The First Ten Days of Dhul-Hijjah

Vol 5 - Issue 3 The first ten days of Dhul-HajjOfaira Ateeq Husain shares with us the suggestions of Sheikh Muhammad Salih Al-Munajjid.

Allah (swt) has preferred some times of the year over others in the sense that the rewards for good deeds done during these periods get multiplied many times. This encourages His servants to do more righteous deeds and worship Him more, in order to prepare themselves for death and the Day of Judgment.

The Prophet (sa) said: “Being laid-back is best in every matter except for good deeds.” (Abu Dawood & Al-Hakim)

Among the special seasons of worship are the first ten days of Dhul-Hijjah, which Allah (swt) has preferred over all the other days of the year. These days, which include the Day of Arafah and Eid Al-Adha, bring Muslims an opportunity to correct their faults and make up for any shortcomings.

Ibn Abbas (rta) reported that the Prophet (sa) said: “There are no days in which righteous deeds are more beloved to Allah than these ten days” The people asked: “Not even Jihad for the sake of Allah?” He said: “Not even Jihad for the sake of Allah, except in the case of a man who went out, giving himself and his wealth up for the cause (of Allah), and came back with nothing.” (Bukhari)

It is indeed a great mercy of Allah (swt) that the blessings of Hajj spill over also to those, who are not making the pilgrimage but are fasting on Dhul-Hijjah 9, the Day of Arafah. On this day, also known as the Waqfah (standing), the pilgrims stand on and around the Mount of Mercy to ask Allah’s (swt) forgiveness. When the sun sets on that day, all their past sins are forgiven. If those, who are not making Hajj, fast on that day, the sins of two years (the past and the coming one) are forgiven. (Muslim)

Abu Hurairah (rta) relates that the Prophet (sa) said: “There are no days more loved by Allah (swt) for you to worship Him therein than the ten days of Dhul Hijjah. Fasting any day during it is equivalent to fasting one year, and offering Salatul Tahajjud (late night prayer) during one of its nights is like performing the late night prayer on the night of power (i.e., Lailatul Qadr).” (At-Tirmidhi, Ibn Majah and Al-Baihaqi)

In this season, the roads leading to goodness are numerous, so we must not miss out on any of them. Allah (swt) has given us many ways, in which to do good deeds and worship Him. Among the good deeds, which a Muslim should strive to do during the first ten days of Dhul-Hijjah are:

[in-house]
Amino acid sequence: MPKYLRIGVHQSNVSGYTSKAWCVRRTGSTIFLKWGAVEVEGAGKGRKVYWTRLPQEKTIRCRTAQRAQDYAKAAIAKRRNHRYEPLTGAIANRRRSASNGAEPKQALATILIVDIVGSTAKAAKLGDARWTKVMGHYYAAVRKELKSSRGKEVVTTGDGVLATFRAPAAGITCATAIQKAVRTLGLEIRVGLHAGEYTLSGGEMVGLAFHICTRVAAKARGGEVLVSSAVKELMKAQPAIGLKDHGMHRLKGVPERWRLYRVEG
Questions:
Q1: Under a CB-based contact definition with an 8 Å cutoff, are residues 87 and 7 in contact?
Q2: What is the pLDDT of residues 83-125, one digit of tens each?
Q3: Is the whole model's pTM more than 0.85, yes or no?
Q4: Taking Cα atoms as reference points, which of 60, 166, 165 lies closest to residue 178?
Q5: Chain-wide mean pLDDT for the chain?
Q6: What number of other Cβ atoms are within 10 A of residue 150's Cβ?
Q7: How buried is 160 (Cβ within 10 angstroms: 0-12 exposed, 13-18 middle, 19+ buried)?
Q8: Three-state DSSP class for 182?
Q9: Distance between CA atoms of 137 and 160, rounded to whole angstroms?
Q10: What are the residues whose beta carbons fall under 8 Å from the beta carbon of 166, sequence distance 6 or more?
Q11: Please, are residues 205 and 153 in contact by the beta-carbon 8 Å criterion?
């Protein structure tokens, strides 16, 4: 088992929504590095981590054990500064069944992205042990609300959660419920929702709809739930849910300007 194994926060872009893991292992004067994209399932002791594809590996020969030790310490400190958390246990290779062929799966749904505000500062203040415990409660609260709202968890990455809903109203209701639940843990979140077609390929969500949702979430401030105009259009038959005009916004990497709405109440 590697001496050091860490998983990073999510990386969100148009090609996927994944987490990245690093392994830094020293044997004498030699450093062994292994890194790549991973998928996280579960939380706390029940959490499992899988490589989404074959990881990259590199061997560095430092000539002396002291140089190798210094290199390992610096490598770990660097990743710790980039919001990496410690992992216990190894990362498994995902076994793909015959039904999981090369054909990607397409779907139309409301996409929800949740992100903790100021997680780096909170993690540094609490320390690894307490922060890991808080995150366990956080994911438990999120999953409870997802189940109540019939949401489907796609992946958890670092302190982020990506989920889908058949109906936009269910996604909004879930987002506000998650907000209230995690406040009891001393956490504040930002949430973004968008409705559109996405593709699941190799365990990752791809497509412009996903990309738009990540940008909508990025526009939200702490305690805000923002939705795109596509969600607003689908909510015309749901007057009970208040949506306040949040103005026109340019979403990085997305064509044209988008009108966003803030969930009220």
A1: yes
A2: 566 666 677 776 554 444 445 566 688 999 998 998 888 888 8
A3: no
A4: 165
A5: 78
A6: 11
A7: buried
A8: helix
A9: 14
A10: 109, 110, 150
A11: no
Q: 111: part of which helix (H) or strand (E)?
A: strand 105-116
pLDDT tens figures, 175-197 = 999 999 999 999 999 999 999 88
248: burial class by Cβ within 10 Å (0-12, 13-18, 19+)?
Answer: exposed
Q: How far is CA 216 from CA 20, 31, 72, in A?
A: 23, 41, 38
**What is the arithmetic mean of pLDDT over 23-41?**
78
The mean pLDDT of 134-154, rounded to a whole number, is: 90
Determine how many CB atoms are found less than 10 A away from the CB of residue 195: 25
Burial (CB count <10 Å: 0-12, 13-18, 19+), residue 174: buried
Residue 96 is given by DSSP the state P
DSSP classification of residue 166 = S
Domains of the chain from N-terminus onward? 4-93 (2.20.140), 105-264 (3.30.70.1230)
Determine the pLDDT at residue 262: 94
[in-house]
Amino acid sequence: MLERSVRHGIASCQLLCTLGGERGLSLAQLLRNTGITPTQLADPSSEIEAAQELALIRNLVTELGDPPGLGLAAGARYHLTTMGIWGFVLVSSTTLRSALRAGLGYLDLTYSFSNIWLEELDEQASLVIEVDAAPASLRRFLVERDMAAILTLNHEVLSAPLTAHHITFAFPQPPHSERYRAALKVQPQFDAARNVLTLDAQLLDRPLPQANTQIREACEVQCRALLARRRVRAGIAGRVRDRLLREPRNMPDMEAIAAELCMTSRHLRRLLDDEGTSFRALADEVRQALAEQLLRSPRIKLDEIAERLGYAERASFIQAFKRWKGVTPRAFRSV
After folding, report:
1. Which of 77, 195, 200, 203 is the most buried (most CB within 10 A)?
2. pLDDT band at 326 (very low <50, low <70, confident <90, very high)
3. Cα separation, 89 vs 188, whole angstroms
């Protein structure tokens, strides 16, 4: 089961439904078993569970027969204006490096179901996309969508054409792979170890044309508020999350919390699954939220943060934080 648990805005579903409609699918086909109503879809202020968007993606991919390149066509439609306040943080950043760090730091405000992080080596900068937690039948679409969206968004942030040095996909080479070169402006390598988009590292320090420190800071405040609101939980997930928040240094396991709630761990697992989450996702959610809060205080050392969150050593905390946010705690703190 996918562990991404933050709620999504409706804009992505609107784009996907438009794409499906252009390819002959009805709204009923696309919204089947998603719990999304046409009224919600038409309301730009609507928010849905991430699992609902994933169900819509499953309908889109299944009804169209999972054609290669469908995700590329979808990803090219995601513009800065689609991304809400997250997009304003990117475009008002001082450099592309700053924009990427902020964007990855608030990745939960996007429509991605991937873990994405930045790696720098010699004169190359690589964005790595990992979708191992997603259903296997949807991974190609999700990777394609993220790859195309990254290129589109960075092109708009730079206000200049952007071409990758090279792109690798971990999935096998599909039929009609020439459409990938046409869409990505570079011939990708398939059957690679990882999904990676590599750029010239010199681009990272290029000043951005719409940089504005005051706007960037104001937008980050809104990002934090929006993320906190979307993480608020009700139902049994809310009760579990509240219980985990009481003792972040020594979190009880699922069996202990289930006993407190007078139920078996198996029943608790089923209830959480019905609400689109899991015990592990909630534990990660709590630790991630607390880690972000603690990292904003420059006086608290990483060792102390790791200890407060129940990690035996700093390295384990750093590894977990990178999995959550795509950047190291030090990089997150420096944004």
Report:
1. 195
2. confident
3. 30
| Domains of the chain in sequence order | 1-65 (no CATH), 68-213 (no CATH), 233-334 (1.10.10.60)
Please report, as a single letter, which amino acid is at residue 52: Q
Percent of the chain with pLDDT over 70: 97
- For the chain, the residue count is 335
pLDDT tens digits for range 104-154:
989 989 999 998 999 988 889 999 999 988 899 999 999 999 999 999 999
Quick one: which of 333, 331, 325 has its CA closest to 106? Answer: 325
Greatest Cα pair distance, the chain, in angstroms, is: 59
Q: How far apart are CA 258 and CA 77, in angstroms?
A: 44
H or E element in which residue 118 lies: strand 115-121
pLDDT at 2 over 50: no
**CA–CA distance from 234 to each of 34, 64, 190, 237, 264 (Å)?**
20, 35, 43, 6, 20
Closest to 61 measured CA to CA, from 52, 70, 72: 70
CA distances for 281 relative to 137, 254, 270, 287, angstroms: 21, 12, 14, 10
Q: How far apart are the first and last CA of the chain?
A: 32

1. Salah. A guided slave of Allah (swt) would supply himself with optional Salah during these ten days, because it is a path to goodness and something that Allah (swt) loves. Abu Hurairah (rta) narrated that the Prophet (sa) said: “Salah is the best thing that one can do, so perform as many as you possibly can.” (At-Tabarani) He (saw) also said, as narrated by Abu Hurairah (rta): “The son of Adam could not do anything more beneficial for himself than Salah, reconciliation (between Muslims) and being well mannered.” (Al-Bayhaqi and others)

2. Fasting. It is Sunnah to fast on the ninth day of Dhul-Hijjah. Hunaydah Ibn Khalid quoted some of the wives of the Prophet (sa) as saying: “The Prophet (sa) used to fast on the ninth of Dhul-Hijjah, on the day of Ashurah, on three days of each month and on the first two Mondays and Thursdays of each month.” (An-Nisa’i, 4/205)

3. Takbir. During the first ten days of Dhul-Hijjah, it is Sunnah to say Takbir, Tahmid, Tahlil, and Tasbih loudly in the mosque, the home, the street and every place, where it is permitted to remember Allah (swt) and mention His name out loud, as an act of worship and as a proclamation of the greatness of Allah (swt). Men should recite these phrases out loud, and women should recite them quietly.

Allah (swt) says: “That they may witness things that are of benefit to them (i.e., reward of Hajj in the Hereafter, and also some worldly gain from trade), and mention the name of Allah on appointed days (i.e. 10th, 11th, 12th, and 13th day of Dhul-Hijjah), over the beast of cattle that He has provided for them (for sacrifice).” (Al-Hajj 22:28)

Abdullah Ibn Umar (rta) reported that the Prophet (sa) said: “There are no days greater in the sight of Allah and in which righteous deeds are more beloved to Him than these ten days, so during this time recite a great deal of Tahleel (La Ilaha Ill-Allah), Takbeer (Allahu Akbar) and Tahmeed (Al-Hamdu Lillah).” (Reported by Ahmad, 7/224; Ahmad Shakir stated that it is Saheeh)